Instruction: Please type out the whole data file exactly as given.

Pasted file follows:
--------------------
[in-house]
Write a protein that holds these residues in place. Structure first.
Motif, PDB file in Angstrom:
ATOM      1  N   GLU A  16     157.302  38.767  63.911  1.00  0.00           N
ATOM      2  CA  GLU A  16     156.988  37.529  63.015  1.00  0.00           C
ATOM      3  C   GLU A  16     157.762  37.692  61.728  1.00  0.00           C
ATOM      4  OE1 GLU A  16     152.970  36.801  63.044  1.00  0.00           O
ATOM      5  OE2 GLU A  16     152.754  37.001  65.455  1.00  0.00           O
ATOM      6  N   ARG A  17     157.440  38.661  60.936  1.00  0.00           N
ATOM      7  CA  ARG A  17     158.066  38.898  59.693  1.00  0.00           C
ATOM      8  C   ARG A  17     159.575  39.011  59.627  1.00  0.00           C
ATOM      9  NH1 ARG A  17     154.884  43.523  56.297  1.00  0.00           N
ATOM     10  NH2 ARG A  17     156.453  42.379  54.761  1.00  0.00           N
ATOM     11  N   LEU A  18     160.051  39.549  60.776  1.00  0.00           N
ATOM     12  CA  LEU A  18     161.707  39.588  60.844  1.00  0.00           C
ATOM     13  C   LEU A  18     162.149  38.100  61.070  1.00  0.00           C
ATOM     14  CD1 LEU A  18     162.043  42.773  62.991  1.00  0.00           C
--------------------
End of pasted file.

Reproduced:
[in-house]
Write a protein that holds these residues in place. Structure first.
Motif, PDB file in Angstrom:
ATOM      1  N   GLU A  16     157.302  38.767  63.911  1.00  0.00           N
ATOM      2  CA  GLU A  16     156.988  37.529  63.015  1.00  0.00           C
ATOM      3  C   GLU A  16     157.762  37.692  61.728  1.00  0.00           C
ATOM      4  OE1 GLU A  16     152.970  36.801  63.044  1.00  0.00           O
ATOM      5  OE2 GLU A  16     152.754  37.001  65.455  1.00  0.00           O
ATOM      6  N   ARG A  17     157.440  38.661  60.936  1.00  0.00           N
ATOM      7  CA  ARG A  17     158.066  38.898  59.693  1.00  0.00           C
ATOM      8  C   ARG A  17     159.575  39.011  59.627  1.00  0.00           C
ATOM      9  NH1 ARG A  17     154.884  43.523  56.297  1.00  0.00           N
ATOM     10  NH2 ARG A  17     156.453  42.379  54.761  1.00  0.00           N
ATOM     11  N   LEU A  18     160.051  39.549  60.776  1.00  0.00           N
ATOM     12  CA  LEU A  18     161.707  39.588  60.844  1.00  0.00           C
ATOM     13  C   LEU A  18     162.149  38.100  61.070  1.00  0.00           C
ATOM     14  CD1 LEU A  18     162.043  42.773  62.991  1.00  0.00           C